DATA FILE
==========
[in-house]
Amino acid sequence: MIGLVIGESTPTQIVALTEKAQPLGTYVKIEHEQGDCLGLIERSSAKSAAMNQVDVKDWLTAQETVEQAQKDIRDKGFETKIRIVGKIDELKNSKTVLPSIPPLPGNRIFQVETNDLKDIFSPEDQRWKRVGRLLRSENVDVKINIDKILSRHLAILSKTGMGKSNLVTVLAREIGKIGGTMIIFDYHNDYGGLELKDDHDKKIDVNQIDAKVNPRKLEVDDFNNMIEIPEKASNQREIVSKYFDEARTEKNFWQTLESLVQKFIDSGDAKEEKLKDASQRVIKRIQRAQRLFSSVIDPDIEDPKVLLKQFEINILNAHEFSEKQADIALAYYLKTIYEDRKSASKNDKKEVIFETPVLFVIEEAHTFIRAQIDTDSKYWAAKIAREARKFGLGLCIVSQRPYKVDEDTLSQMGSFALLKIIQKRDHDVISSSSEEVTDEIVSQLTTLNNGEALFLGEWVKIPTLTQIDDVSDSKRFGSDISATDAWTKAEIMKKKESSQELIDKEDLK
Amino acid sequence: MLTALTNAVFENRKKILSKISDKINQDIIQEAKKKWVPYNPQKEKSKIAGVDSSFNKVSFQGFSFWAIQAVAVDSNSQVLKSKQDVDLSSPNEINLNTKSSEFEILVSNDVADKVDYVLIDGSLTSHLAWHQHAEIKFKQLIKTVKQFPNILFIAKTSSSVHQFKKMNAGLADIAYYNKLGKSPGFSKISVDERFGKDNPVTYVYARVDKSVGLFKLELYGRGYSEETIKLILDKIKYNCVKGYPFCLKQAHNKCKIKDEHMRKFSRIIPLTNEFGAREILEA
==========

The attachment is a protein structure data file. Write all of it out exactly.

[in-house]
Amino acid sequence: MIGLVIGESTPTQIVALTEKAQPLGTYVKIEHEQGDCLGLIERSSAKSAAMNQVDVKDWLTAQETVEQAQKDIRDKGFETKIRIVGKIDELKNSKTVLPSIPPLPGNRIFQVETNDLKDIFSPEDQRWKRVGRLLRSENVDVKINIDKILSRHLAILSKTGMGKSNLVTVLAREIGKIGGTMIIFDYHNDYGGLELKDDHDKKIDVNQIDAKVNPRKLEVDDFNNMIEIPEKASNQREIVSKYFDEARTEKNFWQTLESLVQKFIDSGDAKEEKLKDASQRVIKRIQRAQRLFSSVIDPDIEDPKVLLKQFEINILNAHEFSEKQADIALAYYLKTIYEDRKSASKNDKKEVIFETPVLFVIEEAHTFIRAQIDTDSKYWAAKIAREARKFGLGLCIVSQRPYKVDEDTLSQMGSFALLKIIQKRDHDVISSSSEEVTDEIVSQLTTLNNGEALFLGEWVKIPTLTQIDDVSDSKRFGSDISATDAWTKAEIMKKKESSQELIDKEDLK
Amino acid sequence: MLTALTNAVFENRKKILSKISDKINQDIIQEAKKKWVPYNPQKEKSKIAGVDSSFNKVSFQGFSFWAIQAVAVDSNSQVLKSKQDVDLSSPNEINLNTKSSEFEILVSNDVADKVDYVLIDGSLTSHLAWHQHAEIKFKQLIKTVKQFPNILFIAKTSSSVHQFKKMNAGLADIAYYNKLGKSPGFSKISVDERFGKDNPVTYVYARVDKSVGLFKLELYGRGYSEETIKLILDKIKYNCVKGYPFCLKQAHNKCKIKDEHMRKFSRIIPLTNEFGAREILEA